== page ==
During the month of February, I and my fellow Digital Scholarship Research Assistants (DSRAs), Courtney Dalton and Linda Zhu, began to work on the 3D model of Dalton Hall for the History of Women in Science Project. Courtney and I worked at Special Collections over winter break researching accounts about both Dalton and science education at Bryn Mawr College, allowing us to pair images of Dalton’s rooms with a floorplan of the building from the 1916 Bryn Mawr Calendar. Through this, we were able to piece together what the Major Chemistry Lab looked like; we found multiple photographs of the room from different angles, some including students using the space.
Early in the spring semester, the DSRAs visited the Ward building to meet with Joseph Marra, Bryn Mawr’s Campus Architect. We wanted to see if there were blueprints of Dalton Hall we could use to create an architecturally accurate model. Unfortunately, no original blueprints for Dalton survived and it had been remodeled several times. However we were still able to obtain measurements of the building by triangulating the newer blueprints with our research on the building’s history. While visiting Ward, we also saw some interesting maps of Bryn Mawr dating back to the late nineteenth century. It was very useful to see the progression of the college as it expanded.
Armed with all this information, we were now ready to start modelling the Dalton’s Major Chemistry Lab and the objects that historically resided in it. Our goals before speaking about the project at American Philosophical Society in April included: constructing a 3D model of the lab space, creating 3D models of lab equipment and furniture to populate the room and give the user a sense of how women experienced it, and programming a navigational script to examine the room. We worked collaboratively to achieve these goals, and I took the lead on this last task.
Our tasks built upon skills, both digital and historical, we have been developing over the past few months. To create the models of the lab and objects, we used SketchUp, a 3D modeling program used mostly for architecture, engineering and interior design. Courtney was in charge of designing the chemistry lab. When she could not reconcile the historical blueprints with the picture, she went to Dalton 300 herself (the original site of the lab) to resolve inconsistencies with measurements.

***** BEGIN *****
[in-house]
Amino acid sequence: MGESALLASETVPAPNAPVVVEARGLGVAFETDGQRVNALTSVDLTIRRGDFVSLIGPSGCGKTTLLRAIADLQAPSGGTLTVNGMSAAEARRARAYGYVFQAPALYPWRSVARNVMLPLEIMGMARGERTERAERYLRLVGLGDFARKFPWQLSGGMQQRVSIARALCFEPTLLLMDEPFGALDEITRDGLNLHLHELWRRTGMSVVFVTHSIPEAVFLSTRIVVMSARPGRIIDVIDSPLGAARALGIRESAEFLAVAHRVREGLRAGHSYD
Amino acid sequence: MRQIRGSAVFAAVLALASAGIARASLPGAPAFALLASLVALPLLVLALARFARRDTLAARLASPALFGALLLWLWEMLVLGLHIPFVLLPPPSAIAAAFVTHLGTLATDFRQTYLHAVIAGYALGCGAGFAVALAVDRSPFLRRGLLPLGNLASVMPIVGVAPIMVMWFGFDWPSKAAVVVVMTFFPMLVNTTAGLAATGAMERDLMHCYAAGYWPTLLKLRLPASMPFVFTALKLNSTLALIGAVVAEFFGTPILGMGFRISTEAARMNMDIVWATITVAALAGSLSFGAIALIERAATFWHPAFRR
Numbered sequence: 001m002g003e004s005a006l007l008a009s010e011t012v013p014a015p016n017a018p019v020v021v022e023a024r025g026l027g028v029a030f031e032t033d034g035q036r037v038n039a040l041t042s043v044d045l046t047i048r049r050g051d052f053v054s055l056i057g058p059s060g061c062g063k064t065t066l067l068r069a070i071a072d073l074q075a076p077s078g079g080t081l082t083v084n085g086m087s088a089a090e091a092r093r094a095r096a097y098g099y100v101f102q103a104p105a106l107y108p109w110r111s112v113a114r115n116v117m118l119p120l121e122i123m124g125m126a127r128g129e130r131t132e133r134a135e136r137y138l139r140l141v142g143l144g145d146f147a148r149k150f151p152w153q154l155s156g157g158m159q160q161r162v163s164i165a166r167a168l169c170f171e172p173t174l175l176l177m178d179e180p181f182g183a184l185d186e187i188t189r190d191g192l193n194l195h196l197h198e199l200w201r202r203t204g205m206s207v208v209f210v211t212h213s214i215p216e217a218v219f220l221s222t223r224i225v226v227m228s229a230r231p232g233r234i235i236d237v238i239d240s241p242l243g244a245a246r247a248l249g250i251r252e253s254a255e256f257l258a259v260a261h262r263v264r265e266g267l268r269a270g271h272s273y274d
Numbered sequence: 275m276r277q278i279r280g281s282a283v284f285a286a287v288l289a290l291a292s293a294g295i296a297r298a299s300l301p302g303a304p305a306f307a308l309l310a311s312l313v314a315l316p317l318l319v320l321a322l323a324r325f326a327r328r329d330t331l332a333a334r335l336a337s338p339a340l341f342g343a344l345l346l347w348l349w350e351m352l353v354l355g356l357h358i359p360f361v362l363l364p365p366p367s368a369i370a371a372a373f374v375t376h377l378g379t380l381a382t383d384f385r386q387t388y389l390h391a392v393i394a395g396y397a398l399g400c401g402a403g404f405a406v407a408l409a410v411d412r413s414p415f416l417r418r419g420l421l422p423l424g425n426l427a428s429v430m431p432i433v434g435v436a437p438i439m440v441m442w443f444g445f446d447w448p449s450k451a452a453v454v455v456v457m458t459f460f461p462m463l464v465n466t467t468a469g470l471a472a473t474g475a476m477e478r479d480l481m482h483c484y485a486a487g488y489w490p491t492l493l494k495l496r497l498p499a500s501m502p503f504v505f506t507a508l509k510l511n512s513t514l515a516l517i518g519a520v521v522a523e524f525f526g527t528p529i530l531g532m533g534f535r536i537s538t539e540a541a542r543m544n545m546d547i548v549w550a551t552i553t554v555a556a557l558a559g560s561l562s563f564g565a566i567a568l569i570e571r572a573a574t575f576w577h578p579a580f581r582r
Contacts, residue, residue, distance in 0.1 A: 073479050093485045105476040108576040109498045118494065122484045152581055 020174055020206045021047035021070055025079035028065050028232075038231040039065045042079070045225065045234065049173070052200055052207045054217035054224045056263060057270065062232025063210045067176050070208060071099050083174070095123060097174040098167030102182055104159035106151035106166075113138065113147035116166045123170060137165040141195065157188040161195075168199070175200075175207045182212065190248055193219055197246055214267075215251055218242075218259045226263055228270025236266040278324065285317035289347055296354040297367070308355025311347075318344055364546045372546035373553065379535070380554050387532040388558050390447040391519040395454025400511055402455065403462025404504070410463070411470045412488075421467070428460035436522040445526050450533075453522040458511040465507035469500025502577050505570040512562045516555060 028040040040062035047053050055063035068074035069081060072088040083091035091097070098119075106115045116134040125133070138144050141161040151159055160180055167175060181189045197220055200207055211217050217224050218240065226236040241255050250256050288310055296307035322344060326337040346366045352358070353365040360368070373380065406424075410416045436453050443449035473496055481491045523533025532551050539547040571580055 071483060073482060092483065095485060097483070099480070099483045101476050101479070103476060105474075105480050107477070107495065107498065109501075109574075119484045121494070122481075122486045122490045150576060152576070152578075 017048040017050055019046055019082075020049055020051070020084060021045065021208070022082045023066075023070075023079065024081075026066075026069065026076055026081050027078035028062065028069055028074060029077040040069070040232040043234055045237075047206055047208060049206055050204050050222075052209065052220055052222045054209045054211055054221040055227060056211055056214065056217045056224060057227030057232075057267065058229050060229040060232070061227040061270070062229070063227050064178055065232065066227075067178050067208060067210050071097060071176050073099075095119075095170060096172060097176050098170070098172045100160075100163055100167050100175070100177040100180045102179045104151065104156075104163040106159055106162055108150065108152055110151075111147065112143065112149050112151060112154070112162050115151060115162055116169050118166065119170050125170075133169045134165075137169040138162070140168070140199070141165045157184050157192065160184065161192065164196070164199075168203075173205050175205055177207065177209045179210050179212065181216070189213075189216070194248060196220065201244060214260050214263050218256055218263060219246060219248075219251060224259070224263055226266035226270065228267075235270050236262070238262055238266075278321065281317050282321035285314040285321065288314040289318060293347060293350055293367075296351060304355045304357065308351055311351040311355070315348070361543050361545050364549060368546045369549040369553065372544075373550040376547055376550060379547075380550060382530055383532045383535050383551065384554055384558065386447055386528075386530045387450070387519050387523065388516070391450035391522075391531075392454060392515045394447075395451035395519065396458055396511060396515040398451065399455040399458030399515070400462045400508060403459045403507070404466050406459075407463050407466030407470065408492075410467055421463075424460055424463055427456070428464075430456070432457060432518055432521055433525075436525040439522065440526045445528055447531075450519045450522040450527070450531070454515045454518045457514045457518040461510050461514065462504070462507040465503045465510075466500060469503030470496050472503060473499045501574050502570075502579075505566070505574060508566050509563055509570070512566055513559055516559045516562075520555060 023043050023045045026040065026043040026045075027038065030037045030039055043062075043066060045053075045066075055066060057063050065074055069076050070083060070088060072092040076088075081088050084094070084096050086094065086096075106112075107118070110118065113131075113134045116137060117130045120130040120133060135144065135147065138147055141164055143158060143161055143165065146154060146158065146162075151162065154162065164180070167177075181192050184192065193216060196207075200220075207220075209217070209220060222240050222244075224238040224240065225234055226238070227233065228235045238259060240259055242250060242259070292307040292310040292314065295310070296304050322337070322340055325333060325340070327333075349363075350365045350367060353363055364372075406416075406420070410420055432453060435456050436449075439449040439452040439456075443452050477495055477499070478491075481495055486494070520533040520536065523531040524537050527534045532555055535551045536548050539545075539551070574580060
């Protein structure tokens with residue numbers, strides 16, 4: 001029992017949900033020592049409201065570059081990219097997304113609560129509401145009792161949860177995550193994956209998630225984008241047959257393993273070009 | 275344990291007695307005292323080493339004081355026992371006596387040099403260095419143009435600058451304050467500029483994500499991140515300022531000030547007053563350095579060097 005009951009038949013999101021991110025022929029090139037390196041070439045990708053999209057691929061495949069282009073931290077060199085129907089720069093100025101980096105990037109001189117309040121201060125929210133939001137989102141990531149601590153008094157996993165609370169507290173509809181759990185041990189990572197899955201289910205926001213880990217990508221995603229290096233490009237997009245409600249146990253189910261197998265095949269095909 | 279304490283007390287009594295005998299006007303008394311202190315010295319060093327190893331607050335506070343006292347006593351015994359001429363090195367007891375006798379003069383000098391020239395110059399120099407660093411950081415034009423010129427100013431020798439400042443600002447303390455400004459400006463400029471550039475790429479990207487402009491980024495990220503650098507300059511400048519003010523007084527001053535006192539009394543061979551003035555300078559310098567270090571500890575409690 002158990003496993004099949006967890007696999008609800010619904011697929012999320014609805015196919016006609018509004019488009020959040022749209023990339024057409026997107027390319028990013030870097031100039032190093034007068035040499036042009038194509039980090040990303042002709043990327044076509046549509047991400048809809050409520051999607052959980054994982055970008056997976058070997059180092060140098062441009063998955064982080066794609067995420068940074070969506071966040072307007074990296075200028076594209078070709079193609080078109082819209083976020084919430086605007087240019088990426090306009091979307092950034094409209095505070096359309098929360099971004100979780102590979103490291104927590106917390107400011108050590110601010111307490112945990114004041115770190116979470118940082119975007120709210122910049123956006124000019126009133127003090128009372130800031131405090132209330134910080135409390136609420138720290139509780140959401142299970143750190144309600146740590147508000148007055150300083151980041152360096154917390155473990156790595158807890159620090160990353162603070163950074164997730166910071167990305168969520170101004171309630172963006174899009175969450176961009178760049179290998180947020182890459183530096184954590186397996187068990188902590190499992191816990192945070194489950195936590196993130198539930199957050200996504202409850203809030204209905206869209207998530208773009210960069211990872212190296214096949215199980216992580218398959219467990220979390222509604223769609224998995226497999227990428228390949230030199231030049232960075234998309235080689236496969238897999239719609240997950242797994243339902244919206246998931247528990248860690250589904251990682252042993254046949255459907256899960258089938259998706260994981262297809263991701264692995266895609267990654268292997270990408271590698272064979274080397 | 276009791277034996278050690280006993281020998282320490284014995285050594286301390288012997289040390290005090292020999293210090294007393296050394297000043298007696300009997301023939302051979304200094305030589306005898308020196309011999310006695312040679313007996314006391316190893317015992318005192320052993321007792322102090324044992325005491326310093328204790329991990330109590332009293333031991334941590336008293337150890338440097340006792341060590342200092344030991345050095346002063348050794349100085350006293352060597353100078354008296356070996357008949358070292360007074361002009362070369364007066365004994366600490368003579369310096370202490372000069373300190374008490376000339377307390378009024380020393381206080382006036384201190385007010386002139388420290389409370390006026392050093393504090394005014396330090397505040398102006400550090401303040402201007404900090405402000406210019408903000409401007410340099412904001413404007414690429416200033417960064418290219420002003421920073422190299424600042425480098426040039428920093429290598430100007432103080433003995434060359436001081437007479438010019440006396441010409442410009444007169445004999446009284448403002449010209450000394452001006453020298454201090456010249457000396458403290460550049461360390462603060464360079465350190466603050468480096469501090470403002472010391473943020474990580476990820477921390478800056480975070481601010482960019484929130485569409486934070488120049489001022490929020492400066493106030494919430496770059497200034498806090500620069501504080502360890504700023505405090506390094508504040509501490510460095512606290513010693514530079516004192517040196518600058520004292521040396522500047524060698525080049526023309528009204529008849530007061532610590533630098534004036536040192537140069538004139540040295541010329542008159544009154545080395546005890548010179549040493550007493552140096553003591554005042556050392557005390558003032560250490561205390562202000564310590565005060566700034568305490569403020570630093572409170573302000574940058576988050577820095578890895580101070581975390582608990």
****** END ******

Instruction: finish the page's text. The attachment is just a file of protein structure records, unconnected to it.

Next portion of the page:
Meanwhile, Linda and I created objects to place inside of the chemistry lab. We planned to make tables, chairs, stools, a bookcase, cabinet, blackboard and scientific equipment like beakers and jars. The first object I worked on was a lab table, which was difficult because, unlike the room itself, we lacked exact measurements. I only had pictures for reference. Luckily, the tables were symmetrical so once I set a width and height, it was easy to work out the proportions. For other items, we consulted historical illustrated catalogs of scientific equipment to figure out more specific details.
In early March I began work on the navigation system for the user while Linda continued to model objects and Courtney continued to model the room. We plan to develop two modes of navigation for the 3D environment we are building. The first is to have a free-form navigation where the user can wander around the room by themselves and explore each object and its significance. Additionally, we want to have a guided navigation mode for users with accessibility issues or for those who simply want a curated experience. While developing the free-form navigation, I experimented with how users should interact with an objects. I designed a script allowing the user to navigate in a first person view. When they want to learn more about an object, clicking on the object prompts a text box to pop up.
Overall, the DSRAs made a lot of progress in February and early March. I’m excited to see what we can accomplish in the future.